Scotland’s Team Muirhead ended a see-saw week at the World Curling Championships with a bronze medal, a positive outcome from a competition that had seen Team Homan prove just too good for everyone else.
At one point the Scots looked unlikely to even make the playoffs, so for them to add another international medal to the Muirhead mantelpiece was a big plus ahead of next year’s Olympic Games.
Also this weekend, the Dumfries Mixed Doubles took place, with Camilla and Per Noreen of Sweden coming out on top.
Twelve teams battled it out at the 2017 World Women’s Curling Championships in Beijing, with playoff and Olympic qualification at stake.
Scotland (Eve Muirhead, Anna Sloan, Vicki Adams, Lauren Gray, Kelly Schafer (alternate), Glenn Howard (coach)) had a dramatic start to the week, stealing ones in end 10 and then the extra end to beat the USA 9-8.
But after that point they struggled to find momentum. They went down to a surprise 7-6 defeat against Italy, and although they hit back by beating Russia 10-7 (scoring three in end one and stealing four in end four) and Denmark 7-2, they then suffered three successive defeats – against Sweden 7-3, Korea 10-6 and Canada 8-2.
Sitting at W3 L4, it was win or bust for Scotland from here on. They overcame the hosts China – who had a surprisingly poor week in front of their home crowd, only winning twice – by an 8-6 scoreline, and suddenly it was back on.
Switzerland, who started the week well but faded, were the Scots’ next victims, beaten 7-4 with a three in end nine and steal of one in the 10th, and once Germany were dispatched 7-2 the Muirhead rink found themselves one win away from making the playoffs alongside runway leaders Canada (W11 L0 in the round robin), Russia and Sweden.
The Czech Republic stood in their way, a team eyeing up a playoff spot themselves – the Czechs scored twos in ends five and seven to lead into the 1oth, but a superb draw behind a centre guard from skip Eve Muirhead, and a miss from counterpart Anna Kubeskova, set up the peel for two – which Muirhead made to win it 7-6.
That ensured Olympic qualification for Scotland (as Team GB) for Pyeongchang 2018, and after a Friday off the Scots faced Sweden in the 3v4 page playoff, a must-win match with a semi-final against Russia the reward for the victor.
It was Sweden (Team Hasselborg) who grabbed that chance, stealing one in end two and going on to score two in end six and three in end eight to win 8-5 and extinguish Scottish hopes of making the final.
But the two teams met again in the bronze medal match, Sweden having lost the semi to Russia, and it was third time lucky for Muirhead against Hasselborg in Beijing.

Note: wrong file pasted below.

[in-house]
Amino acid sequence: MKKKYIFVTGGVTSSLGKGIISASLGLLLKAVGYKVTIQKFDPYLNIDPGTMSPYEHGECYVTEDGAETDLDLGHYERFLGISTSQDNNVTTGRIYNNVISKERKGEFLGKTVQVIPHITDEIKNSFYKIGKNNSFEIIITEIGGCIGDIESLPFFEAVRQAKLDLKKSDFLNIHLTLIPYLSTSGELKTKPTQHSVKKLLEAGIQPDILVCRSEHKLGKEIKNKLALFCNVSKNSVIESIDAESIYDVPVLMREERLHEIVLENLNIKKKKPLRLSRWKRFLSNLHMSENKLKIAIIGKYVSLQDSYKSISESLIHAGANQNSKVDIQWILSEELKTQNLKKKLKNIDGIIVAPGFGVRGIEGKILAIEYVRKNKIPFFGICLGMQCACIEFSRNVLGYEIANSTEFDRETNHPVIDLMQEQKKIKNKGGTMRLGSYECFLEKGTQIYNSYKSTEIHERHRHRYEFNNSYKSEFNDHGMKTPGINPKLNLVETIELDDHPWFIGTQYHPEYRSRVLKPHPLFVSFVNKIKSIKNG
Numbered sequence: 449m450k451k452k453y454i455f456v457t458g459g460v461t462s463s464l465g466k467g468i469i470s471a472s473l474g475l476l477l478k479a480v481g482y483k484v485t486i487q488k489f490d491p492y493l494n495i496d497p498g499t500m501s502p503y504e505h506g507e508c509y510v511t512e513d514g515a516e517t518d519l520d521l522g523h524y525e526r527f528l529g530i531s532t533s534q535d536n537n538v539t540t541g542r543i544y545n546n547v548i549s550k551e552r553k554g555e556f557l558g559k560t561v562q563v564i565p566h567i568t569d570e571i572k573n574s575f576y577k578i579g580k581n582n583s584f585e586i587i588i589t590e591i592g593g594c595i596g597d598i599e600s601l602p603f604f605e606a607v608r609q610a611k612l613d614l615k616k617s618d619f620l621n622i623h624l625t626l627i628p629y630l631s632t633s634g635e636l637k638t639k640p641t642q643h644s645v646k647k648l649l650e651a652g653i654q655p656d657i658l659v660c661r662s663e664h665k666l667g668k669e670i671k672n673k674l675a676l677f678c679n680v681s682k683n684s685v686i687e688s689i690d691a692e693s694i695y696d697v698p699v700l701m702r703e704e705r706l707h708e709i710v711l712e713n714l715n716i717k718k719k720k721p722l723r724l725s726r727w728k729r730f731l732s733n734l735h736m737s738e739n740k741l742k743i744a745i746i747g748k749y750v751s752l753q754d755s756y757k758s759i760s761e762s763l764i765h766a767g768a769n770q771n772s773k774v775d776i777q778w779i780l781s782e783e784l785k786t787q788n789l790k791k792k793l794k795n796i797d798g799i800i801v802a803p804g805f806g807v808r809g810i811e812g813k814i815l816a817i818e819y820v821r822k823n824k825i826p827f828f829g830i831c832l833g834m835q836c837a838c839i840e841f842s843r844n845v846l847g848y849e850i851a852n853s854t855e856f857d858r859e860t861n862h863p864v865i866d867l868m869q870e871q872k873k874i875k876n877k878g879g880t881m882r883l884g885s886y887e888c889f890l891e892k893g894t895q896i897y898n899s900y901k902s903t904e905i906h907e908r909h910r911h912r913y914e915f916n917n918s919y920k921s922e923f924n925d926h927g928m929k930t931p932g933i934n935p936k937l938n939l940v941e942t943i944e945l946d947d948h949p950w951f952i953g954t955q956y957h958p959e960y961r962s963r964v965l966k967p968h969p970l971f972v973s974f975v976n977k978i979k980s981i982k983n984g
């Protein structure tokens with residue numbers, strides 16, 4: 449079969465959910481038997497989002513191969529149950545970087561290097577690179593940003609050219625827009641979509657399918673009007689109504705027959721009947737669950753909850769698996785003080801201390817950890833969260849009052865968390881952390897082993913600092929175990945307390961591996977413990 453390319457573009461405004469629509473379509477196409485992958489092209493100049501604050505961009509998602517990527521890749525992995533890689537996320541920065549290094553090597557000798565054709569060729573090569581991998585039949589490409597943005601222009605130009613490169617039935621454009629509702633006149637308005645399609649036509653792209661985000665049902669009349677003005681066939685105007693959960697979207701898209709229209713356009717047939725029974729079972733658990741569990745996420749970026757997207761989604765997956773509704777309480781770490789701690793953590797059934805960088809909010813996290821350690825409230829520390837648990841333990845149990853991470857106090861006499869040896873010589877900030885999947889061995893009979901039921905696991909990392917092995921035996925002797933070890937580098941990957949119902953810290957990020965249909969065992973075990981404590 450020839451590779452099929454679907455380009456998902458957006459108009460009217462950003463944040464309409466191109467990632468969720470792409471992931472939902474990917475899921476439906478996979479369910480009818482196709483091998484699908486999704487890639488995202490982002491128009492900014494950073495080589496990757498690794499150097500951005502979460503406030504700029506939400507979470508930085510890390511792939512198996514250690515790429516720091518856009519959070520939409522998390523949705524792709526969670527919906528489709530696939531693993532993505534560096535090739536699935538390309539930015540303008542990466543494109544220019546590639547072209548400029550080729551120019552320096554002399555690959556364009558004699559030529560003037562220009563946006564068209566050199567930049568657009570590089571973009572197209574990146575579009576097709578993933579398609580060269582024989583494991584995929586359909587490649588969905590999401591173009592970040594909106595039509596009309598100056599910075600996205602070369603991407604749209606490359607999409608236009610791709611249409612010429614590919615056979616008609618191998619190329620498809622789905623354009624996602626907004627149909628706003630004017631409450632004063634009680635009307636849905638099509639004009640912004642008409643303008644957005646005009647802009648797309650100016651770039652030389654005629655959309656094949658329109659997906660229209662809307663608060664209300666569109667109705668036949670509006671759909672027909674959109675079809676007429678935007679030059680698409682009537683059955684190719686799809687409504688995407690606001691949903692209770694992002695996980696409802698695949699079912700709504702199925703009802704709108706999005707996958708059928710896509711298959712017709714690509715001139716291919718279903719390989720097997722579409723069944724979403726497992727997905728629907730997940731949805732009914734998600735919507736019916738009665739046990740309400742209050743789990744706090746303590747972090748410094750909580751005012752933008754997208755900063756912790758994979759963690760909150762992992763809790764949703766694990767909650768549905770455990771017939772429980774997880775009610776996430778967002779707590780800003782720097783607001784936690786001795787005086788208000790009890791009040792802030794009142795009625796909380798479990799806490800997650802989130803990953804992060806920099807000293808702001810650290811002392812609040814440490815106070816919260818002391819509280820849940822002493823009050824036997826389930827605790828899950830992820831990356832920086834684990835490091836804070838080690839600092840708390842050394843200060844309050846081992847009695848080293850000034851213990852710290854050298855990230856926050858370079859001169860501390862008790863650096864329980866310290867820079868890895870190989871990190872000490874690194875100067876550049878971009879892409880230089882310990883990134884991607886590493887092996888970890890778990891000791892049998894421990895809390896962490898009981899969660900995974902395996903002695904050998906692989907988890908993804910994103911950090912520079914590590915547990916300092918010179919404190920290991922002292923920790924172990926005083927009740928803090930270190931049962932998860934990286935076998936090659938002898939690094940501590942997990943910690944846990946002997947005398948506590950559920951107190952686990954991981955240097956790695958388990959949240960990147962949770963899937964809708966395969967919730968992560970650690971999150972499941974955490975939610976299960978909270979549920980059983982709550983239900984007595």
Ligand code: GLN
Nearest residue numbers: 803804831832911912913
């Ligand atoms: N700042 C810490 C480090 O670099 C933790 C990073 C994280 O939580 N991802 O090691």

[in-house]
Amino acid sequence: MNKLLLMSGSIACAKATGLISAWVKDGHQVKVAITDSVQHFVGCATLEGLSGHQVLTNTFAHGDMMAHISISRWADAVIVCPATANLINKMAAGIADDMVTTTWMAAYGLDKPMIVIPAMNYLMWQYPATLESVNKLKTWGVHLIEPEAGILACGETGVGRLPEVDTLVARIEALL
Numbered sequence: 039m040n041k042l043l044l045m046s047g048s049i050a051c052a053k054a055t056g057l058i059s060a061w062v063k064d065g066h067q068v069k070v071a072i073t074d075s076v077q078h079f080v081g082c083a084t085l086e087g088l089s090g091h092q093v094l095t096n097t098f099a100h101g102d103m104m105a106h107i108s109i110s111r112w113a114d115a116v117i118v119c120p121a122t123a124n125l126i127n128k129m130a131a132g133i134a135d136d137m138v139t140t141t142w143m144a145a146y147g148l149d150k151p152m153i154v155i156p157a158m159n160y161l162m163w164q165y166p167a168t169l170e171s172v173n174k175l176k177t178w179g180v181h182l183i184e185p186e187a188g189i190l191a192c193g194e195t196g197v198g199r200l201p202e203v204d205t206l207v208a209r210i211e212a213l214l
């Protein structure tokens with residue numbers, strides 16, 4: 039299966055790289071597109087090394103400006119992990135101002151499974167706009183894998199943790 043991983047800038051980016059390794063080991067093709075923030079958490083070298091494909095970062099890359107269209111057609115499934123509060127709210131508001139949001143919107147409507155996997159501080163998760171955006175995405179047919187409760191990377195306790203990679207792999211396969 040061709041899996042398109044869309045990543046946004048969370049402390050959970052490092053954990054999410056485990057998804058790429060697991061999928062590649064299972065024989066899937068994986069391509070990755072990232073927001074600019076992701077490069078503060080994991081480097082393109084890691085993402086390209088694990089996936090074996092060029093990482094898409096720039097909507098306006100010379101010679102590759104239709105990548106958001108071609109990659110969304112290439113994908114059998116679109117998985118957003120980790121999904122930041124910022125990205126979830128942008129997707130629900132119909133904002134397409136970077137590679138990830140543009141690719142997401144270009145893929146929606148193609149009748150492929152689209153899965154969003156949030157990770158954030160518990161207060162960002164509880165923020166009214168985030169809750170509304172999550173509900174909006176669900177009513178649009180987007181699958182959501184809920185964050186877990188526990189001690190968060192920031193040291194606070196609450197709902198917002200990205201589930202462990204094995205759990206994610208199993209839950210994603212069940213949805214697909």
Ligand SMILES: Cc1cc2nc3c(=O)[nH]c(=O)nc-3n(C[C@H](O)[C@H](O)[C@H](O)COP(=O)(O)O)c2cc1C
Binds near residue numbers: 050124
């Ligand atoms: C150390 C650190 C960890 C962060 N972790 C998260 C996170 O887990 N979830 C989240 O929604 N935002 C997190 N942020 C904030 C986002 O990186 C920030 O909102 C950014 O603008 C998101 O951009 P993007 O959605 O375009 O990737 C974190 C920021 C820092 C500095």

The teams traded ones and twos up to end nine, where Muirhead claimed a steal of one – and then did the same in end 10, both times forcing Anna Hasselborg to play tough, tough final stones and therefore winning it 6-4.
Taking a medal from a tough field was a good result for the Scots, skip Muirhead saying: “We’re absolutely delighted and that was a really strong team performance.
“We really wanted that medal. It’s been a tough week, with a lot of ups and a lot of downs so to come away with a medal is really quite satisfying.
She added: “That was my first bronze, I’ve got world gold, silver and bronze now, so I’m delighted and it’s good to have a solid Worlds going into the Olympic Games.
“It takes a lot to come back and win bronze, it’s one of the toughest medals for a team to win.
“We’d be too greedy if we thought we should have had more this week, because I think the two best teams are in the final.”
The final saw Canada’s Team Homan do what no other side had done at a World Women’s Championships – go the entire week undefeated.
Russia (Team Sidorova) could not stay with them, giving up a two in end two, a steal of one in end three and then three in end six.
A two for Russia in end seven brought it back to end 6-3, but they knew it wasn’t their day when skip Anna Sidorova didn’t release her final stone of end eight before the hog-line and Rachel Homan drew in for two and an 8-3 victory that sealed the gold medals.
Back in Scotland, a Curling Champions Tour event – the Dumfries Mixed Doubles – was taking place, with 24 teams participating.
Sorted into four pools of six teams, there was good British representation – with English, Irish, Scottish and Welsh pairings involved – but only the mixed doubles big-hitters of Gina Aitken and Bruce Mouat (first in Pool C, with a W5 L0 record), and Judith and Lee McCleary (second in Pool B, W3 L2) made the knockout stages.
The two remaining Scottish rinks met head-on in the quarter-finals, and on this occasion it was the McClearys who came out on top, stealing one in end three then scoring three in end five and four in end seven to triumph 9-3.
But McCleary/McCleary fell in the semi-finals, as Swedish pair Camilla and Per Noreen took two with hammer in end eight to win 6-5.
The McClearys did claim third, though, stealing one in the first end, scoring two in the third and stealing another one in end six on their way to beating Anastasia Bryzgalova/Alexander Krushelnitsky of Russia 6-3.
Noreen/Noreen took the title, scoring four in end four as they defeated Irantzu Garcia/Gontzal Garcia Vez (Spain) 7-3 in the final.